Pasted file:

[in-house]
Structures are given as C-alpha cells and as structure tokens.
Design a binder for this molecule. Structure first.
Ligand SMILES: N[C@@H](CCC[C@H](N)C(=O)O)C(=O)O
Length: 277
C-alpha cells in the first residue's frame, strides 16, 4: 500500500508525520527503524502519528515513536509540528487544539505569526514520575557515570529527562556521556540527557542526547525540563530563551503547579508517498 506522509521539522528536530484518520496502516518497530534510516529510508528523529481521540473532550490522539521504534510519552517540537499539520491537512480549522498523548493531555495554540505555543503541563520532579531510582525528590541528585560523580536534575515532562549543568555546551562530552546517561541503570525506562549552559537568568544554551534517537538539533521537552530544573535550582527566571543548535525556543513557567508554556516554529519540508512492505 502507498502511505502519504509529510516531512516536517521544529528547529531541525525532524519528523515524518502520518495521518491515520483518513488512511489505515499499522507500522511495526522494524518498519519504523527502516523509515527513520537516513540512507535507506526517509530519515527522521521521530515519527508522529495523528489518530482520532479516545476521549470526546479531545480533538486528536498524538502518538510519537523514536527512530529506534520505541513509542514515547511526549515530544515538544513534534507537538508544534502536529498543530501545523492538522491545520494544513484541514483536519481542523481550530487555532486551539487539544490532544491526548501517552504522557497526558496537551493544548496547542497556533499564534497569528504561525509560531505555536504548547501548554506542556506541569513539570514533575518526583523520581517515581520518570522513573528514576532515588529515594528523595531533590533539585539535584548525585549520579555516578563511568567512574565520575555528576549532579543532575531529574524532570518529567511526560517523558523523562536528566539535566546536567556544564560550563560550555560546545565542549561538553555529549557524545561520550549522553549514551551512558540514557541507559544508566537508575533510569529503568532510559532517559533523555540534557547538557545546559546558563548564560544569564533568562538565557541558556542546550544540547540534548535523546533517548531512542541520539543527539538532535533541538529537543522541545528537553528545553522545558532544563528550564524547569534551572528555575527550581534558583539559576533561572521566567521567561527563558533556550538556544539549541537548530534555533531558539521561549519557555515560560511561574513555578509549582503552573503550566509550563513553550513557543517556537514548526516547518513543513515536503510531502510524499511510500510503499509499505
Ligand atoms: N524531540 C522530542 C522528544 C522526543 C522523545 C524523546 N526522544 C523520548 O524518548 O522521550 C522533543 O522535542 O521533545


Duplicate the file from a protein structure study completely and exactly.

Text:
[in-house]
Structures are given as C-alpha cells and as structure tokens.
Design a binder for this molecule. Structure first.
Ligand SMILES: N[C@@H](CCC[C@H](N)C(=O)O)C(=O)O
Length: 277
C-alpha cells in the first residue's frame, strides 16, 4: 500500500508525520527503524502519528515513536509540528487544539505569526514520575557515570529527562556521556540527557542526547525540563530563551503547579508517498 506522509521539522528536530484518520496502516518497530534510516529510508528523529481521540473532550490522539521504534510519552517540537499539520491537512480549522498523548493531555495554540505555543503541563520532579531510582525528590541528585560523580536534575515532562549543568555546551562530552546517561541503570525506562549552559537568568544554551534517537538539533521537552530544573535550582527566571543548535525556543513557567508554556516554529519540508512492505 502507498502511505502519504509529510516531512516536517521544529528547529531541525525532524519528523515524518502520518495521518491515520483518513488512511489505515499499522507500522511495526522494524518498519519504523527502516523509515527513520537516513540512507535507506526517509530519515527522521521521530515519527508522529495523528489518530482520532479516545476521549470526546479531545480533538486528536498524538502518538510519537523514536527512530529506534520505541513509542514515547511526549515530544515538544513534534507537538508544534502536529498543530501545523492538522491545520494544513484541514483536519481542523481550530487555532486551539487539544490532544491526548501517552504522557497526558496537551493544548496547542497556533499564534497569528504561525509560531505555536504548547501548554506542556506541569513539570514533575518526583523520581517515581520518570522513573528514576532515588529515594528523595531533590533539585539535584548525585549520579555516578563511568567512574565520575555528576549532579543532575531529574524532570518529567511526560517523558523523562536528566539535566546536567556544564560550563560550555560546545565542549561538553555529549557524545561520550549522553549514551551512558540514557541507559544508566537508575533510569529503568532510559532517559533523555540534557547538557545546559546558563548564560544569564533568562538565557541558556542546550544540547540534548535523546533517548531512542541520539543527539538532535533541538529537543522541545528537553528545553522545558532544563528550564524547569534551572528555575527550581534558583539559576533561572521566567521567561527563558533556550538556544539549541537548530534555533531558539521561549519557555515560560511561574513555578509549582503552573503550566509550563513553550513557543517556537514548526516547518513543513515536503510531502510524499511510500510503499509499505
Ligand atoms: N524531540 C522530542 C522528544 C522526543 C522523545 C524523546 N526522544 C523520548 O524518548 O522521550 C522533543 O522535542 O521533545